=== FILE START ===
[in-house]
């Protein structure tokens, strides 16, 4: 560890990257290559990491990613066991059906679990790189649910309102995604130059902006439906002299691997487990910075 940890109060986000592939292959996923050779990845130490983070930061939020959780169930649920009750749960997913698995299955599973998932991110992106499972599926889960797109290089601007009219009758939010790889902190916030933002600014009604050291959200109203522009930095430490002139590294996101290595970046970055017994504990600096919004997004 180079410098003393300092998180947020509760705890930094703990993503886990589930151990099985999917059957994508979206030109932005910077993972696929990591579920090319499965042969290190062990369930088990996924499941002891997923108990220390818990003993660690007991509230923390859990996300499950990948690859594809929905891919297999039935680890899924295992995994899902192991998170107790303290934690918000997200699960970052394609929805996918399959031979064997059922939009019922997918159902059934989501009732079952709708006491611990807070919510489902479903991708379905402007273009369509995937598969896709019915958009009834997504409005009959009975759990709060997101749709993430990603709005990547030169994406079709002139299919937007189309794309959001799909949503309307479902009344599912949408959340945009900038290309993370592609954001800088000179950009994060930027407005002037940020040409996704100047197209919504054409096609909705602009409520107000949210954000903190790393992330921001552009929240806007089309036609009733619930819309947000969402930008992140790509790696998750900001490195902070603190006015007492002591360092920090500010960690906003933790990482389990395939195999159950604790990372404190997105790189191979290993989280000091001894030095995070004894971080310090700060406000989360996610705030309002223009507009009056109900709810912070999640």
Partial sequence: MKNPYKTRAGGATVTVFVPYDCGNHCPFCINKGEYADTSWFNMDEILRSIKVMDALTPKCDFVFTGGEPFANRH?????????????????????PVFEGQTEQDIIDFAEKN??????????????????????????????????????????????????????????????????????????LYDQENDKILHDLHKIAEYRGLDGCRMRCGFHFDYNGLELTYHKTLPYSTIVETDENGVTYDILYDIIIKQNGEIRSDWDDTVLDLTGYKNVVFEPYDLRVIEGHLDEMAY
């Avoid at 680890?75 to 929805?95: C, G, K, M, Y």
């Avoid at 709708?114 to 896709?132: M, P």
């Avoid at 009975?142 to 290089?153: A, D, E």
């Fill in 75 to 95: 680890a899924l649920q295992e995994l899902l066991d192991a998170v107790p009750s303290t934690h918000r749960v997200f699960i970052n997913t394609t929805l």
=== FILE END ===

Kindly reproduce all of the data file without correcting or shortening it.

[in-house]
């Protein structure tokens, strides 16, 4: 560890990257290559990491990613066991059906679990790189649910309102995604130059902006439906002299691997487990910075 940890109060986000592939292959996923050779990845130490983070930061939020959780169930649920009750749960997913698995299955599973998932991110992106499972599926889960797109290089601007009219009758939010790889902190916030933002600014009604050291959200109203522009930095430490002139590294996101290595970046970055017994504990600096919004997004 180079410098003393300092998180947020509760705890930094703990993503886990589930151990099985999917059957994508979206030109932005910077993972696929990591579920090319499965042969290190062990369930088990996924499941002891997923108990220390818990003993660690007991509230923390859990996300499950990948690859594809929905891919297999039935680890899924295992995994899902192991998170107790303290934690918000997200699960970052394609929805996918399959031979064997059922939009019922997918159902059934989501009732079952709708006491611990807070919510489902479903991708379905402007273009369509995937598969896709019915958009009834997504409005009959009975759990709060997101749709993430990603709005990547030169994406079709002139299919937007189309794309959001799909949503309307479902009344599912949408959340945009900038290309993370592609954001800088000179950009994060930027407005002037940020040409996704100047197209919504054409096609909705602009409520107000949210954000903190790393992330921001552009929240806007089309036609009733619930819309947000969402930008992140790509790696998750900001490195902070603190006015007492002591360092920090500010960690906003933790990482389990395939195999159950604790990372404190997105790189191979290993989280000091001894030095995070004894971080310090700060406000989360996610705030309002223009507009009056109900709810912070999640």
Partial sequence: MKNPYKTRAGGATVTVFVPYDCGNHCPFCINKGEYADTSWFNMDEILRSIKVMDALTPKCDFVFTGGEPFANRH?????????????????????PVFEGQTEQDIIDFAEKN??????????????????????????????????????????????????????????????????????????LYDQENDKILHDLHKIAEYRGLDGCRMRCGFHFDYNGLELTYHKTLPYSTIVETDENGVTYDILYDIIIKQNGEIRSDWDDTVLDLTGYKNVVFEPYDLRVIEGHLDEMAY
């Avoid at 680890?75 to 929805?95: C, G, K, M, Y």
């Avoid at 709708?114 to 896709?132: M, P």
């Avoid at 009975?142 to 290089?153: A, D, E």
């Fill in 75 to 95: 680890a899924l649920q295992e995994l899902l066991d192991a998170v107790p009750s303290t934690h918000r749960v997200f699960i970052n997913t394609t929805l």